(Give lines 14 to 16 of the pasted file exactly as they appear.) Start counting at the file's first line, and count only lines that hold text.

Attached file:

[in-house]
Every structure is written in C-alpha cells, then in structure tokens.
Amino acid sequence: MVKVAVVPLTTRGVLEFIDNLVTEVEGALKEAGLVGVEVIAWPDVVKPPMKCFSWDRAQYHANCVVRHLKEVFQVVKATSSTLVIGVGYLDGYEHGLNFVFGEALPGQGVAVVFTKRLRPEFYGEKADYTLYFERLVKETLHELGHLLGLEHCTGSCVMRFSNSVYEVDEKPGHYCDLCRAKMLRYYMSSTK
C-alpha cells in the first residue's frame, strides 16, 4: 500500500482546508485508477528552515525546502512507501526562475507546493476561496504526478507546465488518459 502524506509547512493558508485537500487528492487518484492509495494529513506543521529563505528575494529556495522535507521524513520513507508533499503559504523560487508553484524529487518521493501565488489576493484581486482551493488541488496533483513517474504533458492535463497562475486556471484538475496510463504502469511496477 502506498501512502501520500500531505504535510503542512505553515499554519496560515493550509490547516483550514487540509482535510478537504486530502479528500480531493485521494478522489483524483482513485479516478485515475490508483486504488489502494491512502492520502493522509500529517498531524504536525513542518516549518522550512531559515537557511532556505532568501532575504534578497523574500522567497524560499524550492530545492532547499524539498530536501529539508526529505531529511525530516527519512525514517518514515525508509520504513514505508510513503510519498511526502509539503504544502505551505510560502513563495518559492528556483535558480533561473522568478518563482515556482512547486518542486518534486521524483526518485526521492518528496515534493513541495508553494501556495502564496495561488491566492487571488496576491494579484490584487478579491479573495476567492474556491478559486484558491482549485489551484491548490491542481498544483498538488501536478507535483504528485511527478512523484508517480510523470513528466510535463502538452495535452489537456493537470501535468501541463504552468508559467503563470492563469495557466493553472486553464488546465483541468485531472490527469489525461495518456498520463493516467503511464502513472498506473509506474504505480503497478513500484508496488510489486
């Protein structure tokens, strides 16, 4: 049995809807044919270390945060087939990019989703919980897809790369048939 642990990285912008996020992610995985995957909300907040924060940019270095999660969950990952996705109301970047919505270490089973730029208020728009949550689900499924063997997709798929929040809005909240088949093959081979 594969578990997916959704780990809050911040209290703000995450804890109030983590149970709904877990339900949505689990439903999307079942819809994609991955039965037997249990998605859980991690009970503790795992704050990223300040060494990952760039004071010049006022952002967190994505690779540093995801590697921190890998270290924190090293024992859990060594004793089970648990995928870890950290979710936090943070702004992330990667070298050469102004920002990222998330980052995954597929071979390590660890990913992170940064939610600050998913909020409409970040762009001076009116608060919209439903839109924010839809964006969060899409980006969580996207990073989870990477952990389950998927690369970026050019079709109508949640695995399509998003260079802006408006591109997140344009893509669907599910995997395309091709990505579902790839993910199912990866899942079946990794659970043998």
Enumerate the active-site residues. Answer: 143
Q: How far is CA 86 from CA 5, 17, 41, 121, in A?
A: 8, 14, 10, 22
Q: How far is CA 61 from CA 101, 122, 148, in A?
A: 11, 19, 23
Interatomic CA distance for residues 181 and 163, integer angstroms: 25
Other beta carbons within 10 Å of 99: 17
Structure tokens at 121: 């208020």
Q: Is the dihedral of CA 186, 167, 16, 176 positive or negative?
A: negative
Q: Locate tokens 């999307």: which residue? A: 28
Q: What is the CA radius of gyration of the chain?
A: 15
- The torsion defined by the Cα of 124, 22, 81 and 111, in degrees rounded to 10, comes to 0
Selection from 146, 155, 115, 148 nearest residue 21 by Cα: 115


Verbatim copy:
Q: Is the dihedral of CA 186, 167, 16, 176 positive or negative?
A: negative
Q: Locate tokens 């999307």: which residue? A: 28